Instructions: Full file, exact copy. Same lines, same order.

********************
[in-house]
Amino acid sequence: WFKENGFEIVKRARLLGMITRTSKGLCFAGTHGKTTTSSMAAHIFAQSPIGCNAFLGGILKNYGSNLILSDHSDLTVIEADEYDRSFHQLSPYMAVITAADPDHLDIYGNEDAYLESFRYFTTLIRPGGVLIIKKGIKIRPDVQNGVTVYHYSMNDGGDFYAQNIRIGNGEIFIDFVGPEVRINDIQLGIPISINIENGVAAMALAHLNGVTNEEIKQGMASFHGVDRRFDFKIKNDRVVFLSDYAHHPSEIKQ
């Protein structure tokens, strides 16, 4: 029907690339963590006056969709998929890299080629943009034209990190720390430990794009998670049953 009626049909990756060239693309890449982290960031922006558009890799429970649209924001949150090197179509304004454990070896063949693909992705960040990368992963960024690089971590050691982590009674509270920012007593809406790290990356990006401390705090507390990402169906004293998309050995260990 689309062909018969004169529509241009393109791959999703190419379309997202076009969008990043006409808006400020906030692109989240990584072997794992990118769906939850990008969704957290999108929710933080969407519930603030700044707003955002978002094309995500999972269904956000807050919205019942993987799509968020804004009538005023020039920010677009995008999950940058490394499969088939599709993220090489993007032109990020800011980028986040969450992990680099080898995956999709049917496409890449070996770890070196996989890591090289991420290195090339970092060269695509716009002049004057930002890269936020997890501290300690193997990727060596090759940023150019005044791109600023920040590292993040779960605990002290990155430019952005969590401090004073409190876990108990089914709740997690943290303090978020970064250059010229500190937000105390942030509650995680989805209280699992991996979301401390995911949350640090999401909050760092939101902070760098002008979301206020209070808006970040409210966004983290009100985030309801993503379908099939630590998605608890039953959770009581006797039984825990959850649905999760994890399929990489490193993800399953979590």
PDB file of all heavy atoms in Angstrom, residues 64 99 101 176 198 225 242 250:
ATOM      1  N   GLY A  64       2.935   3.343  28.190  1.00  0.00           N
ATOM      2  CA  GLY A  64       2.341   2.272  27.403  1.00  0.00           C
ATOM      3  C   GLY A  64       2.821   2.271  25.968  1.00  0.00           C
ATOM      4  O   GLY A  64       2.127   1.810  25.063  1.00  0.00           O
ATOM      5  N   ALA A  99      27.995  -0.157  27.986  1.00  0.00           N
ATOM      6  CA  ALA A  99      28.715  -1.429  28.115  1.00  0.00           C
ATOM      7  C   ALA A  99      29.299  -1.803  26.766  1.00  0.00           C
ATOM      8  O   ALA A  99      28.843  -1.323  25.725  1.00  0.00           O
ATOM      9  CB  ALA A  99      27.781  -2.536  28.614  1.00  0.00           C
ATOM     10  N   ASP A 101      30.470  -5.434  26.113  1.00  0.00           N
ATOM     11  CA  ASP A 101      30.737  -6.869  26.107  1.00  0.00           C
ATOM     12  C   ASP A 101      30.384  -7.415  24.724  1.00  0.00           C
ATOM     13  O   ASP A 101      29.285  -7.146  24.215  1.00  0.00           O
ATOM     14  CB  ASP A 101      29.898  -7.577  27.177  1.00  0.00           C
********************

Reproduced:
[in-house]
Amino acid sequence: WFKENGFEIVKRARLLGMITRTSKGLCFAGTHGKTTTSSMAAHIFAQSPIGCNAFLGGILKNYGSNLILSDHSDLTVIEADEYDRSFHQLSPYMAVITAADPDHLDIYGNEDAYLESFRYFTTLIRPGGVLIIKKGIKIRPDVQNGVTVYHYSMNDGGDFYAQNIRIGNGEIFIDFVGPEVRINDIQLGIPISINIENGVAAMALAHLNGVTNEEIKQGMASFHGVDRRFDFKIKNDRVVFLSDYAHHPSEIKQ
């Protein structure tokens, strides 16, 4: 029907690339963590006056969709998929890299080629943009034209990190720390430990794009998670049953 009626049909990756060239693309890449982290960031922006558009890799429970649209924001949150090197179509304004454990070896063949693909992705960040990368992963960024690089971590050691982590009674509270920012007593809406790290990356990006401390705090507390990402169906004293998309050995260990 689309062909018969004169529509241009393109791959999703190419379309997202076009969008990043006409808006400020906030692109989240990584072997794992990118769906939850990008969704957290999108929710933080969407519930603030700044707003955002978002094309995500999972269904956000807050919205019942993987799509968020804004009538005023020039920010677009995008999950940058490394499969088939599709993220090489993007032109990020800011980028986040969450992990680099080898995956999709049917496409890449070996770890070196996989890591090289991420290195090339970092060269695509716009002049004057930002890269936020997890501290300690193997990727060596090759940023150019005044791109600023920040590292993040779960605990002290990155430019952005969590401090004073409190876990108990089914709740997690943290303090978020970064250059010229500190937000105390942030509650995680989805209280699992991996979301401390995911949350640090999401909050760092939101902070760098002008979301206020209070808006970040409210966004983290009100985030309801993503379908099939630590998605608890039953959770009581006797039984825990959850649905999760994890399929990489490193993800399953979590």
PDB file of all heavy atoms in Angstrom, residues 64 99 101 176 198 225 242 250:
ATOM      1  N   GLY A  64       2.935   3.343  28.190  1.00  0.00           N
ATOM      2  CA  GLY A  64       2.341   2.272  27.403  1.00  0.00           C
ATOM      3  C   GLY A  64       2.821   2.271  25.968  1.00  0.00           C
ATOM      4  O   GLY A  64       2.127   1.810  25.063  1.00  0.00           O
ATOM      5  N   ALA A  99      27.995  -0.157  27.986  1.00  0.00           N
ATOM      6  CA  ALA A  99      28.715  -1.429  28.115  1.00  0.00           C
ATOM      7  C   ALA A  99      29.299  -1.803  26.766  1.00  0.00           C
ATOM      8  O   ALA A  99      28.843  -1.323  25.725  1.00  0.00           O
ATOM      9  CB  ALA A  99      27.781  -2.536  28.614  1.00  0.00           C
ATOM     10  N   ASP A 101      30.470  -5.434  26.113  1.00  0.00           N
ATOM     11  CA  ASP A 101      30.737  -6.869  26.107  1.00  0.00           C
ATOM     12  C   ASP A 101      30.384  -7.415  24.724  1.00  0.00           C
ATOM     13  O   ASP A 101      29.285  -7.146  24.215  1.00  0.00           O
ATOM     14  CB  ASP A 101      29.898  -7.577  27.177  1.00  0.00           C